Posted in leadership

Adult Levels of Development

I recently read a paper by Nick Petrie at the Center for Creative Leadership that used the metaphor that leadership is perpetual white water. This is my second blog post on the paper. For the first one, check out the August 6, 2017 post. The paper discussed the new era of digital information leadership and talked about how to develop leaders in this new white water era.

Discussing Adult Level of Development, Kegan lists three categories:

Category 3 – Socialized mind. At this level people are shaped by the expectations of those around them. What people say and think is strongly influenced by what people think others want to hear. #Dependent Conformer. #Opportunist. #Diplomat.

Category 4 – Self-authoring mind. At this level people have developed their own ideology and internal compass to guide them. Their sense of self is aligned with their own belief system, personal code, and values. They can take stands, and set limits on behalf of their own internal beliefs. #Independent #Achiever. #Expert.

Category 5 – Self-transforming mind. At this level people have their own ideology but can step back from that ideology to see if it is limited or partial. They can hold more contradiction and oppositeness in their thinking and no longer feel the need to gravitate towards polarized thinking. #Interdependent Collaborator. #Strategist. #Alchemist. #Ironist. (page 13)

Reading this, what category are you? Are you a different category at work? At home? With friends? Did reading this cause you to think about things differently?

A quick list:


  • Characteristics: Wins anyway possible, self-oriented, manipulative, might makes right.
  • Leadership strengths: Good in emergencies and sales opportunities.
  • Weaknesses: Forcibly self-interested and manipulative; Rejects feedback and externalizes blame.


  • Characteristics: Avoids overt conflict; Wants to belong, Obeys group norms; Rarely rocks the boat.
  • Leadership strengths: Good as supportive glue within an office; Helps bring people together.
  • Weaknesses: Avoids conflict; Rigidly conforms and is status-driven; Sees negative feedback as punishment.


  • Characteristics: Rules by logic and expertise; Seeks rational efficiency.
  • Leadership strengths: Good as an individual contributor.
  • Weaknesses: Critical and dogmatic; choose efficiency over effectiveness; Resists subjective feedback.


  • Characteristics: Meets strategic goals; Effectively achieves goals through teams; Juggles managerial duties and market demands.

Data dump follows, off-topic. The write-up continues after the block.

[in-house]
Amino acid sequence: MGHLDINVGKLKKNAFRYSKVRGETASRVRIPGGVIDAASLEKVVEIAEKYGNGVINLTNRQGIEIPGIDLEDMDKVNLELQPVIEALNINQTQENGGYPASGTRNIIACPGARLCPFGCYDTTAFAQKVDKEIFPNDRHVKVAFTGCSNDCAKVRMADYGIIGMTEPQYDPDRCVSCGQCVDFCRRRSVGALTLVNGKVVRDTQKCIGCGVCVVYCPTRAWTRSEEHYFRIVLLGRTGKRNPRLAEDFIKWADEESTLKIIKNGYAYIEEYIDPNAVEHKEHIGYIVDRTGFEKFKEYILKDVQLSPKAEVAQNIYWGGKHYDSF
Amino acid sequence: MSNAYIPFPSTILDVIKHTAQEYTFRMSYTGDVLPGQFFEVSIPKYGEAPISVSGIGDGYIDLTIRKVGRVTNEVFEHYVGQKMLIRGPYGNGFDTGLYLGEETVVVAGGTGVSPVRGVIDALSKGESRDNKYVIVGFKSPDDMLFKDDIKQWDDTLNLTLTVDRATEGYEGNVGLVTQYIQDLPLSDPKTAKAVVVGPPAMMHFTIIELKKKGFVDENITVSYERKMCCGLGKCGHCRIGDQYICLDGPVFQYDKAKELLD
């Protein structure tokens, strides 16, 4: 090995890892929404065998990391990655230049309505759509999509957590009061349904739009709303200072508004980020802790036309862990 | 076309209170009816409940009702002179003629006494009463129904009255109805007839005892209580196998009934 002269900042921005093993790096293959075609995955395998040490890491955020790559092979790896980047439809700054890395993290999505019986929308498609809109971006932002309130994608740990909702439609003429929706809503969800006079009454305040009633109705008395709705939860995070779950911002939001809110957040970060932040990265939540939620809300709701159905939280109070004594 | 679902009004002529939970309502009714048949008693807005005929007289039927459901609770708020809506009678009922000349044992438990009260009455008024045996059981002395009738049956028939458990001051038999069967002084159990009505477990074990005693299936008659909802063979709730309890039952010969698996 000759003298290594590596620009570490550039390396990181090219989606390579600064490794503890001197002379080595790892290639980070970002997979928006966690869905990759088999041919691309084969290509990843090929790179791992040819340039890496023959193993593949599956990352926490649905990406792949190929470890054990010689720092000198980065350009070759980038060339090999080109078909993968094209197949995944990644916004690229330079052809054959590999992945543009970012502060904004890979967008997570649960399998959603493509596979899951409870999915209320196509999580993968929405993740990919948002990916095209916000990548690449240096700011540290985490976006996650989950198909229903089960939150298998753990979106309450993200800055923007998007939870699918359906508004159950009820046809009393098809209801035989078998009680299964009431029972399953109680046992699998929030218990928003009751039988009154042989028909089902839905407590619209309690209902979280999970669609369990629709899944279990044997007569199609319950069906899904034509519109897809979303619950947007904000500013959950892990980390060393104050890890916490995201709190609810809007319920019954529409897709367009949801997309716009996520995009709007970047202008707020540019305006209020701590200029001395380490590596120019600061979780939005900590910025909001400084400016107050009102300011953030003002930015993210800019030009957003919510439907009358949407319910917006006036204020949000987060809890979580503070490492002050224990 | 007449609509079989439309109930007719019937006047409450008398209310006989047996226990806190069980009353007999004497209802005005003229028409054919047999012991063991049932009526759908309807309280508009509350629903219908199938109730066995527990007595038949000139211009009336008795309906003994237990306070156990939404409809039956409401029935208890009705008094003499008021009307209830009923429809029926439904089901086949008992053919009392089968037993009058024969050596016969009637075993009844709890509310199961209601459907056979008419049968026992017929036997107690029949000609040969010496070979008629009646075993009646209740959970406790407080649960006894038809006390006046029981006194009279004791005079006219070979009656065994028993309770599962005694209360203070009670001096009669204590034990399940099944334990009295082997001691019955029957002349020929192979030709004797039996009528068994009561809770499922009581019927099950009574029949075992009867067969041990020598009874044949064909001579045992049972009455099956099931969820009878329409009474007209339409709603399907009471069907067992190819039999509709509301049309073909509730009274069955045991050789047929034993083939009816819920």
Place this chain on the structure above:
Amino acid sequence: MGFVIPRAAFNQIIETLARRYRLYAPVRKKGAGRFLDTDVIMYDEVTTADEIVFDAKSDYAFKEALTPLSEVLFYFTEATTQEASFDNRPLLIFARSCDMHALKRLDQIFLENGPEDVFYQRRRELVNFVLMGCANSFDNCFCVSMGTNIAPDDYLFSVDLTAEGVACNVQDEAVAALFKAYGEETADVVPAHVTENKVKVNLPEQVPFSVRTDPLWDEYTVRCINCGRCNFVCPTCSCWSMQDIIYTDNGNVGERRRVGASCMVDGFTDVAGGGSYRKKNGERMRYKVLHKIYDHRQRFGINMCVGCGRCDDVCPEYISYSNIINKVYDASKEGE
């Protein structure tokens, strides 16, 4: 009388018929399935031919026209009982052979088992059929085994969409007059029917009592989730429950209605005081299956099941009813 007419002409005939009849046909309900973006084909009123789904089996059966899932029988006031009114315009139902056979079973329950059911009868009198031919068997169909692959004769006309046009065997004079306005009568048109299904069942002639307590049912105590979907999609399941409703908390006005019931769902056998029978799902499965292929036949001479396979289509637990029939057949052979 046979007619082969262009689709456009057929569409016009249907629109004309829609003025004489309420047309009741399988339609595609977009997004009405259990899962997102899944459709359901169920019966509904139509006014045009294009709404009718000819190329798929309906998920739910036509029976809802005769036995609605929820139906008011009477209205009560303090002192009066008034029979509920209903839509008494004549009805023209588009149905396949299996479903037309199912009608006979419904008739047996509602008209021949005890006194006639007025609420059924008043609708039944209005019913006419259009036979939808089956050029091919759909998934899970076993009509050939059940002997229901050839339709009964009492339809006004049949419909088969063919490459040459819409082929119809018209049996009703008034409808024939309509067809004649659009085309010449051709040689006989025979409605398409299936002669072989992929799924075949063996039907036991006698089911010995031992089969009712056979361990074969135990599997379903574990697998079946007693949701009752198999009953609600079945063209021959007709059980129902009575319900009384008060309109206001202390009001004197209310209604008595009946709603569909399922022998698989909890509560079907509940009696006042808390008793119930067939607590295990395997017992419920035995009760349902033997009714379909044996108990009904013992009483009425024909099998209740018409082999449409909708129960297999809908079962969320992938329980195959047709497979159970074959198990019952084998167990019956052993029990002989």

• Leadership strengths: Well suited to managerial roles; Action and goal oriented.
  • Weaknesses: Can be over driven to achieve self-chosen objective standards; blind to complex sustainability


  • Characteristics: Interweaves competing personal and company action logics; Creates unique structures to resolve gaps between structure and performance.
  • Leadership strengths: Effective in venture and consulting roles.
  • Weaknesses: Can be a maverick, an outsider, or rebel; Their independence can work against collaboration.


  • Characteristics: Generates organizational and personal transformations; Exercises the power of mutual inquiry, vigilance, and vulnerability for both the short and long term.
  • Leadership strengths: Effective as a transformational leader within large contexts such as organizations.
  • Weaknesses: Tempted by the dark side of power; May not employ their skills in a given context.


  • Characteristics: Generates social transformations; Integrates material, spiritual, and societal transformations.
  • Leadership strengths: Good at leading society-wide transformations.
  • Weaknesses: Personal suffering may obstruct the use of their skills.

Cite: Future Trends in Leadership Development by Nick  Petrie



Dr. Sheila Embry is a govie, author, pracademician, sister, aunt, cousin, and friend who loves to read, write, think, and laugh. Many of her blog postings are summaries or excerpts of books that she read and wants to share to encourage others. An author with more than 25 years experience within the legislative and executive branches of the U. S. federal government holding 3 accredited degrees: Doctor of Management in Organizational Leadership, Master of Arts in Human Resources Development, and Baccalaureate of Business Administration, she believes in continuing learning both on and off the job. She has been recognized with multiple professional and writing awards for her peer-reviewed, publications. Click the bibliography page above for a listing of all the publications.

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